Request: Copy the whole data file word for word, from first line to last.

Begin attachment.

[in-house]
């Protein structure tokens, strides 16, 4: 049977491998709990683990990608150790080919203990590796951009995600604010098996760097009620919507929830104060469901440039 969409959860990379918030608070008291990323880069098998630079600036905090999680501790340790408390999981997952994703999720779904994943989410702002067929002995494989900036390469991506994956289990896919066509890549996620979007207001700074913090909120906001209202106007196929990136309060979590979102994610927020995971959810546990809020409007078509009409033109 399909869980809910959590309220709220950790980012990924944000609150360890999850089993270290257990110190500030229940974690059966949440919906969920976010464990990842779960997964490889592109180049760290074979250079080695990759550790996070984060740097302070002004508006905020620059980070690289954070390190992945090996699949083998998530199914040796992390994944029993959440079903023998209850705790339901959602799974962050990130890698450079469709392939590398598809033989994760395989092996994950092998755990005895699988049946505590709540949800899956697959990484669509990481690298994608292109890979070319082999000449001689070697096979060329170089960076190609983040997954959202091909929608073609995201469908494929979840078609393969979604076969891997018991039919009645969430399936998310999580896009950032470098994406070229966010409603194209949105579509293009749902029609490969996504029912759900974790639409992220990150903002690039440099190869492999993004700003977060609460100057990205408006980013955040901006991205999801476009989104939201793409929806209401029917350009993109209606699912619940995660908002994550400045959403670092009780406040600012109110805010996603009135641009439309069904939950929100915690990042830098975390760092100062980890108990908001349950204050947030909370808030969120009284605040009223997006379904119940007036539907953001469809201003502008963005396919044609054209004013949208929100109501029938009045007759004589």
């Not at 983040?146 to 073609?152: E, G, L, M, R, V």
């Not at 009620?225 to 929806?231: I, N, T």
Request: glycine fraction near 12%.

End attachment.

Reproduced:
[in-house]
């Protein structure tokens, strides 16, 4: 049977491998709990683990990608150790080919203990590796951009995600604010098996760097009620919507929830104060469901440039 969409959860990379918030608070008291990323880069098998630079600036905090999680501790340790408390999981997952994703999720779904994943989410702002067929002995494989900036390469991506994956289990896919066509890549996620979007207001700074913090909120906001209202106007196929990136309060979590979102994610927020995971959810546990809020409007078509009409033109 399909869980809910959590309220709220950790980012990924944000609150360890999850089993270290257990110190500030229940974690059966949440919906969920976010464990990842779960997964490889592109180049760290074979250079080695990759550790996070984060740097302070002004508006905020620059980070690289954070390190992945090996699949083998998530199914040796992390994944029993959440079903023998209850705790339901959602799974962050990130890698450079469709392939590398598809033989994760395989092996994950092998755990005895699988049946505590709540949800899956697959990484669509990481690298994608292109890979070319082999000449001689070697096979060329170089960076190609983040997954959202091909929608073609995201469908494929979840078609393969979604076969891997018991039919009645969430399936998310999580896009950032470098994406070229966010409603194209949105579509293009749902029609490969996504029912759900974790639409992220990150903002690039440099190869492999993004700003977060609460100057990205408006980013955040901006991205999801476009989104939201793409929806209401029917350009993109209606699912619940995660908002994550400045959403670092009780406040600012109110805010996603009135641009439309069904939950929100915690990042830098975390760092100062980890108990908001349950204050947030909370808030969120009284605040009223997006379904119940007036539907953001469809201003502008963005396919044609054209004013949208929100109501029938009045007759004589």
């Not at 983040?146 to 073609?152: E, G, L, M, R, V």
């Not at 009620?225 to 929806?231: I, N, T």
Request: glycine fraction near 12%.